To you, my Jesus, I confess, therefore;
to you, my Saviour and my hope,
to you, my comfort and my God, I humbly own
that I am not as contrite and as fearful as I ought to be
for my past sins;
nor do I feel enough concern about my present ones.
And you, sweet Lord,
have set a man like this over your family,
over the sheep of your pasture.
Me, who take all too little trouble with myself,
you bid to be concerned on their behalf;
who never pray enough about my own sins,
you would have pray for them.
I, who have taught myself so little too,
have also to teach them.
Wretch that I am, what have I done?
What have I undertaken?
What was I thinking of?
Or rather, sweetest Lord, what were you thinking of regarding this poor wretch?
(St Aelred of Rievaulx, ‘Treatises and Pastoral Prayer’ (Michigan: Cistercian Publications, 1995) p.107-108)
In this prayer I hear so much of Thomas Merton’s spirituality and it resonates with me. There’s a shared outlook on humanity, sin and this overwhelming sense of the grace of God. Humility is inescapable in this prayer and the prayers of other monastic writers.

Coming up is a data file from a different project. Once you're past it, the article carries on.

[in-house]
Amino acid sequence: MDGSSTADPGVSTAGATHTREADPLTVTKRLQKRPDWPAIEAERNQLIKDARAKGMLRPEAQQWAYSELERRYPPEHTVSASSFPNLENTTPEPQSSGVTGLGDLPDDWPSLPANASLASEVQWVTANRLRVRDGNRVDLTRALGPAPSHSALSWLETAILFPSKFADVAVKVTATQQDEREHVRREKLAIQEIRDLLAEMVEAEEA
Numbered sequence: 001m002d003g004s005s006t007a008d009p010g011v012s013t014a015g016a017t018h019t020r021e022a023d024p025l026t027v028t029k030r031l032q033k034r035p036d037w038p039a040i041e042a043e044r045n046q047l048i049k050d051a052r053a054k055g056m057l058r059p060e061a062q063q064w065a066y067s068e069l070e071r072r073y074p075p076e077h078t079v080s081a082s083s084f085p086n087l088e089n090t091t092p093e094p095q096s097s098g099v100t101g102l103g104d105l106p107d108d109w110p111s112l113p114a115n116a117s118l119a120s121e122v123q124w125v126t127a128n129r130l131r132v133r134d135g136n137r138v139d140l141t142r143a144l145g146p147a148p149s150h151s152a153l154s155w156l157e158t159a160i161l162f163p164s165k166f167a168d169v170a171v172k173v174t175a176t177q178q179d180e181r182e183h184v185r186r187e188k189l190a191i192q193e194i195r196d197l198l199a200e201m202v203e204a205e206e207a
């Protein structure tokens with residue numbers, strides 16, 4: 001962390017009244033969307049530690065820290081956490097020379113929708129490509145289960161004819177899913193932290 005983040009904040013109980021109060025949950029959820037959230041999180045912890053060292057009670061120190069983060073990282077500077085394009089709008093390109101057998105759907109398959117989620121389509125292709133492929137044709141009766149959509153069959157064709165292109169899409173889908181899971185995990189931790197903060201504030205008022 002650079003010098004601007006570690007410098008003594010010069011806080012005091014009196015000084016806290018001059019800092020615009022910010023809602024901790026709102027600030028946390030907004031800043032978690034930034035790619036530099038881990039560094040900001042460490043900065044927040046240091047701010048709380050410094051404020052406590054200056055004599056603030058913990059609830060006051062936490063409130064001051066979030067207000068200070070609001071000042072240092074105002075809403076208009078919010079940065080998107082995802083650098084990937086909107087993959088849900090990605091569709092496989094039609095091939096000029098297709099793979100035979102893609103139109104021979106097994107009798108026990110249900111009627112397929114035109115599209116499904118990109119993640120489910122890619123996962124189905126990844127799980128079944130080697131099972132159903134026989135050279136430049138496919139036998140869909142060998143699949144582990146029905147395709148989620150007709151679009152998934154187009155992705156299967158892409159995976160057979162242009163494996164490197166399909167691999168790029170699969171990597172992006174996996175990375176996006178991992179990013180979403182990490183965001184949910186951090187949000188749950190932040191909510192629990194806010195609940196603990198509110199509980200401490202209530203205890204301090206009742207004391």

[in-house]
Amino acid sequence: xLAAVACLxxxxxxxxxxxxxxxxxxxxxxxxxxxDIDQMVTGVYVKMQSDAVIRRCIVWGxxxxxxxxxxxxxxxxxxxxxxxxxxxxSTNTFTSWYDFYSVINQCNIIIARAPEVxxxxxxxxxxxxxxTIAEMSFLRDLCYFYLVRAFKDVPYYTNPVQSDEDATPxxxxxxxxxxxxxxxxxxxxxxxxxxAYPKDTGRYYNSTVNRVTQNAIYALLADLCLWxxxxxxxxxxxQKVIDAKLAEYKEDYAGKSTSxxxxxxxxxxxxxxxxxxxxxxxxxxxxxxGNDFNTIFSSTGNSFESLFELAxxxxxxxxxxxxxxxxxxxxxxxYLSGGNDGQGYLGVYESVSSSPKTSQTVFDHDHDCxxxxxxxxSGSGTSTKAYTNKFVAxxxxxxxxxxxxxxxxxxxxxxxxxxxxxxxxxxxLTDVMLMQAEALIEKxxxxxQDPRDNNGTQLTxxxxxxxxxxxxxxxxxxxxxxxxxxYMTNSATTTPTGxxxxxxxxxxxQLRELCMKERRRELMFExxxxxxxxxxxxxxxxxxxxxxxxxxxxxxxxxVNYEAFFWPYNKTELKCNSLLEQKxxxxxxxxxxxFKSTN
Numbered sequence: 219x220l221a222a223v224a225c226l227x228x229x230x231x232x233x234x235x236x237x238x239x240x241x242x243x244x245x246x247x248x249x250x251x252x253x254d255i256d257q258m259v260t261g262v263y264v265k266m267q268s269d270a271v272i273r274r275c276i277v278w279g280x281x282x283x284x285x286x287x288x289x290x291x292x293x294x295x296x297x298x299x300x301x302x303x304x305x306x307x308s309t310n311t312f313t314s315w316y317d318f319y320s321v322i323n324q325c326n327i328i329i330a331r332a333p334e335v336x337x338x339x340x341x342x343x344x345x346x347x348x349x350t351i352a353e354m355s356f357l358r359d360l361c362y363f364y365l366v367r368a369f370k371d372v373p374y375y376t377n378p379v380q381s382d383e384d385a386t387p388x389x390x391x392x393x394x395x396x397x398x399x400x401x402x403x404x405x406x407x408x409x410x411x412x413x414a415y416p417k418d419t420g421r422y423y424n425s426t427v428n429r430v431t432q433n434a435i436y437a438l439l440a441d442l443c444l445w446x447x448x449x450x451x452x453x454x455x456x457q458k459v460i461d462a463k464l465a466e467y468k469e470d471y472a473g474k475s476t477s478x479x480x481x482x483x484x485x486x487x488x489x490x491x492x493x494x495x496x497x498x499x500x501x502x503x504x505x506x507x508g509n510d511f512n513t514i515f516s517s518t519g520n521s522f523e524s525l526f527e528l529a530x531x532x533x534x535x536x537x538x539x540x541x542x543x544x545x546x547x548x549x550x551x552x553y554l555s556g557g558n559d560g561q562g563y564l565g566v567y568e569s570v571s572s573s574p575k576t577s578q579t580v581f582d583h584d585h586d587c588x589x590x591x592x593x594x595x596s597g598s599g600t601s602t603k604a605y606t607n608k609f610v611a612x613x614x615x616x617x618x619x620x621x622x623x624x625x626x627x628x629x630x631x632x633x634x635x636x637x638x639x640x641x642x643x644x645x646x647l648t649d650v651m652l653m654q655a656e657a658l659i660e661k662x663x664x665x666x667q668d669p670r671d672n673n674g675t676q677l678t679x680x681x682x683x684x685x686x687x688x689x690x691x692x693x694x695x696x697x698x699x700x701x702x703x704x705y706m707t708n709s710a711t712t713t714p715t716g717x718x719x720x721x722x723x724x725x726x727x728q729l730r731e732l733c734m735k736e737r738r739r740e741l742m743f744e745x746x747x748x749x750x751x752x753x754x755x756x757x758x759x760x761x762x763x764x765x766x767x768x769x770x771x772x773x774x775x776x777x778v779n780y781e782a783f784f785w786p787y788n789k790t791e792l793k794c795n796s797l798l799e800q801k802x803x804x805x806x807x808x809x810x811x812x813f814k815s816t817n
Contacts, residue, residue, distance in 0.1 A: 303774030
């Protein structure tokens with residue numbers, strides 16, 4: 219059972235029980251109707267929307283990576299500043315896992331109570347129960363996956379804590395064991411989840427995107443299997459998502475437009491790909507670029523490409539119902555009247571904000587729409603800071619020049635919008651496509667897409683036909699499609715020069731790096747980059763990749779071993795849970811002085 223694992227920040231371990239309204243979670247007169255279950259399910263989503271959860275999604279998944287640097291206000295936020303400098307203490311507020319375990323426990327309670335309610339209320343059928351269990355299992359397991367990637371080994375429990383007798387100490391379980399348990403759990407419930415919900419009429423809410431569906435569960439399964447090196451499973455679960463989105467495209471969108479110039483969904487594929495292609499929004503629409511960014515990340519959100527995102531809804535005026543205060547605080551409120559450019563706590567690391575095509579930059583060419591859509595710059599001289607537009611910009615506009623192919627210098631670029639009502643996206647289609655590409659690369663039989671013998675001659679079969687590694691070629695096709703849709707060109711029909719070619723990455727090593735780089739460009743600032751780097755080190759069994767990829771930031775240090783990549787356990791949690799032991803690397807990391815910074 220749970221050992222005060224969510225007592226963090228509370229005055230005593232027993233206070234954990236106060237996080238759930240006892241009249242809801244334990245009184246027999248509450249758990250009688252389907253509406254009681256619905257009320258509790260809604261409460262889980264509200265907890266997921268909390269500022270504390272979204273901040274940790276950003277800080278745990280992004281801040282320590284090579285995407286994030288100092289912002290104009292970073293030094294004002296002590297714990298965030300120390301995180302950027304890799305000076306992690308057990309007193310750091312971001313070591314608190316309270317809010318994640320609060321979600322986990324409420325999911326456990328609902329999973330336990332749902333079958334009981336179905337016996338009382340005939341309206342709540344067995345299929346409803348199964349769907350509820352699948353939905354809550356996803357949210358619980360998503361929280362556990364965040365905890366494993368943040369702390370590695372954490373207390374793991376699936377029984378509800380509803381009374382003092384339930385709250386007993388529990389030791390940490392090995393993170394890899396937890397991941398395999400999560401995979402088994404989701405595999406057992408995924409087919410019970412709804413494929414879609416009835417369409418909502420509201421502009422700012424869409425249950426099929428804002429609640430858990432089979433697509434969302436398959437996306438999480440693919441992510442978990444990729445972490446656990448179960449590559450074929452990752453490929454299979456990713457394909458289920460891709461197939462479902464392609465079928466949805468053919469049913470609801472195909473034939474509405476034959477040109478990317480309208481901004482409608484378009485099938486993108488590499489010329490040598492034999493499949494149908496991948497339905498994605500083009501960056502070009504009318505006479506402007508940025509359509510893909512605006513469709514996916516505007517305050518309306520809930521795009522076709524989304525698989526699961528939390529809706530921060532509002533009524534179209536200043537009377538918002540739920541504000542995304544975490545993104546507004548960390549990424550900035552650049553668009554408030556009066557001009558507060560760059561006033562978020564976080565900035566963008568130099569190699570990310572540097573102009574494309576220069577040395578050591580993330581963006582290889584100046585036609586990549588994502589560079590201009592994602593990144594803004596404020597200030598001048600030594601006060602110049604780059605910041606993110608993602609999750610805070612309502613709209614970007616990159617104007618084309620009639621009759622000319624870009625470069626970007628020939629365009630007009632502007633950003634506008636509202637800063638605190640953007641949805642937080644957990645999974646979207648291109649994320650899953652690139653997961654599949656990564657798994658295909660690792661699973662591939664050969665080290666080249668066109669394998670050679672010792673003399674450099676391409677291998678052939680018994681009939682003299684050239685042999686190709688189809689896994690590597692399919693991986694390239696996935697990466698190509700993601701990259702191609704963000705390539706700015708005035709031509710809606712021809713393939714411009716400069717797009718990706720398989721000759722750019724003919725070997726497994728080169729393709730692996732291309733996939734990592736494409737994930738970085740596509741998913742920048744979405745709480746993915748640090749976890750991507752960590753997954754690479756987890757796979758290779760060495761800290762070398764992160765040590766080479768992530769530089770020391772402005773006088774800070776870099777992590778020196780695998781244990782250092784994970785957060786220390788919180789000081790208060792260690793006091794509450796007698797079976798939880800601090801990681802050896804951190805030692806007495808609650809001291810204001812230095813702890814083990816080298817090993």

As I read St. Benedict’s ‘qualities’ of an abbot I was struck by the expectations placed upon one person. The wisdom required for this role is impossible, unless you were the second incarnation of Christ Himself. It is easy to read this, in our current culture, fascinated with ‘the leader’, as a job description; things necessary to be called ‘a leader’. As an assistant curate in the church of England I’m aware of my assessment criteria to successfully prove to be ordained and affirmed as a minister in Christ’s church.